Mitchell M. Gans, a law professor at Hofstra University in New York and an expert on estate-and-gift tax, informed Newsweek that the success of the Moores in their case could potentially make some other taxes "vulnerable."

Gans anticipated that the conservative majority in the Supreme Court "would likely lean towards invalidating the tax" central to the Moore case. Nevertheless, he believes that the judges may be cautious due to the significant implications of their decision.

"There are other tax regimes under current law that would be left vulnerable were the court to invalidate this tax. And I think that may result in some hesitation among those justices inclined to strike it. So, at the end of the day, I think it's a close call," he said.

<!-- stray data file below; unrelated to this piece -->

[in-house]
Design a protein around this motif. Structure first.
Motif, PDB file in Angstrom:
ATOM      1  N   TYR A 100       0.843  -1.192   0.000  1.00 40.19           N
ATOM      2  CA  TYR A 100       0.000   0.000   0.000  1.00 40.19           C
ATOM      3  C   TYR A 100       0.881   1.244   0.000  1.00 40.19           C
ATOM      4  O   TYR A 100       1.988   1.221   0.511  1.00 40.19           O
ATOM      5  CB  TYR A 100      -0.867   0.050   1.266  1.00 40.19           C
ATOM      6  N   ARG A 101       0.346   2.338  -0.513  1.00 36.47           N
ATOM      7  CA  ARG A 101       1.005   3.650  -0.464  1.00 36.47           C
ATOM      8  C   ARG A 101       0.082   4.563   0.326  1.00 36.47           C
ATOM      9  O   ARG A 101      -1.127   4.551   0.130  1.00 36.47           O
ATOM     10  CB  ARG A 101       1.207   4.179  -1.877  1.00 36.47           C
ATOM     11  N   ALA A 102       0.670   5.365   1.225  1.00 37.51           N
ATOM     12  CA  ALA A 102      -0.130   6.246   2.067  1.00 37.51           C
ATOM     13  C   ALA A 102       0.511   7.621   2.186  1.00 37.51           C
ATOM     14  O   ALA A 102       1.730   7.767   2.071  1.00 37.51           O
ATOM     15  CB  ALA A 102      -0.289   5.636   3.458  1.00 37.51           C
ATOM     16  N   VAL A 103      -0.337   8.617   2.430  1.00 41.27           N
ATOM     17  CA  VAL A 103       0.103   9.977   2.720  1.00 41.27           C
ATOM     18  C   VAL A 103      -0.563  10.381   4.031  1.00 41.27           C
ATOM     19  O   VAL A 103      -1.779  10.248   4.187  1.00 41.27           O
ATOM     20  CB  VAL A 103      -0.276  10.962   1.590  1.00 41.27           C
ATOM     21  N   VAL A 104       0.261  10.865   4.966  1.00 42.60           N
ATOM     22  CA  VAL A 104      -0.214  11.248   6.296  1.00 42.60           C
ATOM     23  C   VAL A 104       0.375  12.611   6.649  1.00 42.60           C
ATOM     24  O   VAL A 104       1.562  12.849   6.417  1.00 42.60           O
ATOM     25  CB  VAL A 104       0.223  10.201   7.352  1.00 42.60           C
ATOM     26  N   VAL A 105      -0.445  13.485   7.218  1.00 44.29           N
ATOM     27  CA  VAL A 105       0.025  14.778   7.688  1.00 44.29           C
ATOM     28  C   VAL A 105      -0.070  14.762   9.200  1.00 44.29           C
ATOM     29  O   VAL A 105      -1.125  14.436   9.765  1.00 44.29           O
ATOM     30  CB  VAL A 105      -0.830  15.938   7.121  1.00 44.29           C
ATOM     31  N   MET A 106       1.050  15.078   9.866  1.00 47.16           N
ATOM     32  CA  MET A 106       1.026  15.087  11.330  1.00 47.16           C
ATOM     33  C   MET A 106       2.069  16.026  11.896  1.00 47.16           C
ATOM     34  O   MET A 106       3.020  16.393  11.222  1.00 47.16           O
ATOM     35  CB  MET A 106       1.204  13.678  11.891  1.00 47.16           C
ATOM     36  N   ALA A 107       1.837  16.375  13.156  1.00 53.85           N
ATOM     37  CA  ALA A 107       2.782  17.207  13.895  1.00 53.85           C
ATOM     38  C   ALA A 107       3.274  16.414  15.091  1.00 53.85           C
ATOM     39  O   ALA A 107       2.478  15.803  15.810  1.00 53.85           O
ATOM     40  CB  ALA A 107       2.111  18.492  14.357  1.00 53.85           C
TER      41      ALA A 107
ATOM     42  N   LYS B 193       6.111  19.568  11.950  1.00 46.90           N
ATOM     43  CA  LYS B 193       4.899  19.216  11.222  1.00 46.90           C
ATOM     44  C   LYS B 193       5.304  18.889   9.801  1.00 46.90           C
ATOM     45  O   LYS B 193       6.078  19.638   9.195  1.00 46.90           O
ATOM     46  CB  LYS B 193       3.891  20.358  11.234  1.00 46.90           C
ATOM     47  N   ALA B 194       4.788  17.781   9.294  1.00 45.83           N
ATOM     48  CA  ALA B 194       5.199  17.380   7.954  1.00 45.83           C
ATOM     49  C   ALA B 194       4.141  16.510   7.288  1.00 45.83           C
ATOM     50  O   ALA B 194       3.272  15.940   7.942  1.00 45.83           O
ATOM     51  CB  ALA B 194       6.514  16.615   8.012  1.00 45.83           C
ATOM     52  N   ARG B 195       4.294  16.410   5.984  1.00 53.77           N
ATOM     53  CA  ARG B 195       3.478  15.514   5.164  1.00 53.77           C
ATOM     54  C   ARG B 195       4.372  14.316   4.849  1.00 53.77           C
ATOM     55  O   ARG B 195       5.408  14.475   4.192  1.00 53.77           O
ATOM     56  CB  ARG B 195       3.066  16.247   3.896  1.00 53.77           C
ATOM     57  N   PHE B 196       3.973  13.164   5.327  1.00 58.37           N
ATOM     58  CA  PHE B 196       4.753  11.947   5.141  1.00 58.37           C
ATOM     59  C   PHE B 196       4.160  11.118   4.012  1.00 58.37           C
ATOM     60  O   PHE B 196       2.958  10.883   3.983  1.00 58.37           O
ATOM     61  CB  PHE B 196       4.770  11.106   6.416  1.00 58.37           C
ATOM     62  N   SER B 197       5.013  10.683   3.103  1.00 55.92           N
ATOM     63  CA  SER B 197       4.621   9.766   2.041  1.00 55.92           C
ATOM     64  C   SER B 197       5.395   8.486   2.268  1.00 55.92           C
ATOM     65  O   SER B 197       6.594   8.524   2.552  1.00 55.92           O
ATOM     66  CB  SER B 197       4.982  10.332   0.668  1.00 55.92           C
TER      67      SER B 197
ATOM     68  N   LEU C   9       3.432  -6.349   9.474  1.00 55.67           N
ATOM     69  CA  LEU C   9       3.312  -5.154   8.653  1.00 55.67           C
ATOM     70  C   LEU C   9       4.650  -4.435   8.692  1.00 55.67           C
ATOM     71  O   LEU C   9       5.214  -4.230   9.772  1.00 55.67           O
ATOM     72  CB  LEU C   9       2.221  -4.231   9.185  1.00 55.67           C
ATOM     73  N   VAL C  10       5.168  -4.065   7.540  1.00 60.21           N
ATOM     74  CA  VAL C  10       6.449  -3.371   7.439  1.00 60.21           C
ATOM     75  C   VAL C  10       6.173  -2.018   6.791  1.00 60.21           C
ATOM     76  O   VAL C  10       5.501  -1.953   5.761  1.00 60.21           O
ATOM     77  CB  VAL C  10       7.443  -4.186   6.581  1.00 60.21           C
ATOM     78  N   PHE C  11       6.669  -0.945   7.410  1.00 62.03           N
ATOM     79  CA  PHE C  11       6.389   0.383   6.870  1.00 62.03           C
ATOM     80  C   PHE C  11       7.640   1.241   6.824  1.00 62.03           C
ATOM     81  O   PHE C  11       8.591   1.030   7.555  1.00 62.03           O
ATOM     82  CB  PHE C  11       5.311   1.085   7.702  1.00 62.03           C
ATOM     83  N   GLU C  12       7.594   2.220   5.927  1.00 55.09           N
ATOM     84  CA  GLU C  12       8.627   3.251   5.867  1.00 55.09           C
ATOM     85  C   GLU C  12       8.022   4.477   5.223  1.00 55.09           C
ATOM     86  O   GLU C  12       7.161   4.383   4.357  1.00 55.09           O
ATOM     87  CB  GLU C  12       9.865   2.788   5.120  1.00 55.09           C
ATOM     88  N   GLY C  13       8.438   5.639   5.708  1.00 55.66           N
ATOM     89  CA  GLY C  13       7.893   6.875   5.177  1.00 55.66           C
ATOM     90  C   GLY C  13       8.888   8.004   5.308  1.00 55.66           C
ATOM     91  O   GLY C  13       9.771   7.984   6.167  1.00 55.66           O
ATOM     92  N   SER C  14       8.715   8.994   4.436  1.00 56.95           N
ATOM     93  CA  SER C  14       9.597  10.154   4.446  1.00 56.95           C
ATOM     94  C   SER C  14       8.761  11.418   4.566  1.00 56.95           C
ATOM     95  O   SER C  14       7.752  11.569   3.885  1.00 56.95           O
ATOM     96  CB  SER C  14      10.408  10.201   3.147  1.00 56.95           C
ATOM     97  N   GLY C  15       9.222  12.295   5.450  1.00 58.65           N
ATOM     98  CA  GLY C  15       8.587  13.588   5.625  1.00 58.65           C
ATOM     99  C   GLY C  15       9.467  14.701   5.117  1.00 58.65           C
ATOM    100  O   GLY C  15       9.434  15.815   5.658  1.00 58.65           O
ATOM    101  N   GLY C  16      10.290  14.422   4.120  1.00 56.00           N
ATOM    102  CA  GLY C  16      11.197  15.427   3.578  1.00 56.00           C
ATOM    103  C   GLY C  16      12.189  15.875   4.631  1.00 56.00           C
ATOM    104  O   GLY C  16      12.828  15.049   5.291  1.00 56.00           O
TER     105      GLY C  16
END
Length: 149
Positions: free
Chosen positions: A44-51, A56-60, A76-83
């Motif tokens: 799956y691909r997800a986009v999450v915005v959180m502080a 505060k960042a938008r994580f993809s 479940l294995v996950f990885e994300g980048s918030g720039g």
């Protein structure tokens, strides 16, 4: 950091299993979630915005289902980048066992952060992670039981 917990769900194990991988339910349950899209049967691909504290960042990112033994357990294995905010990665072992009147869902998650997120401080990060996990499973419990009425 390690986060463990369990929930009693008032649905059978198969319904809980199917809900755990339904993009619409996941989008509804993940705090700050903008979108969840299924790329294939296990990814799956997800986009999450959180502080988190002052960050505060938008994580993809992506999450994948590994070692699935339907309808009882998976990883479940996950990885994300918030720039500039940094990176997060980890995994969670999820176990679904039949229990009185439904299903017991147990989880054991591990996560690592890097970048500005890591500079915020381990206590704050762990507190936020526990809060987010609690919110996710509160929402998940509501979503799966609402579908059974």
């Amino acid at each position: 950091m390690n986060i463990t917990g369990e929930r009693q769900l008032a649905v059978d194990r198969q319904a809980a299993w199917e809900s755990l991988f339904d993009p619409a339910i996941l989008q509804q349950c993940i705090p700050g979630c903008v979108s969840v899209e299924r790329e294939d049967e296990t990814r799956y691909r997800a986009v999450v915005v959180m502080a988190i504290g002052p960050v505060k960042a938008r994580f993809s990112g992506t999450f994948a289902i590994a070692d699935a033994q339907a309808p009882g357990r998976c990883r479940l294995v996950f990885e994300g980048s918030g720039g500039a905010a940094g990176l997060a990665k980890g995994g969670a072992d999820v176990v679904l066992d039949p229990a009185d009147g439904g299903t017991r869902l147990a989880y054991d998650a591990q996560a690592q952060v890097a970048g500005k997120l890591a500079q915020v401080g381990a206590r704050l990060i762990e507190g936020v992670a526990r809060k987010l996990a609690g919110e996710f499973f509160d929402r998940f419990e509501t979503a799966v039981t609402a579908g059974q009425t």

He anticipates that a victory for the Moores will result in additional challenges to taxes being brought before the federal courts. "For example, dealers in securities are, as a general rule, required to use a mark-to-market method for reporting income. Under this method, they are deemed to have sold their securities at the end of the year and must therefore pay a tax on the unrealized gain, even though no sale is made and the dealer continues to hold the investment."

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"It's the million-dollar question, just with a few more zeros: the quadrillion-dollar question," Harvard University tax law professor Thomas Brennan told politics website The Hill.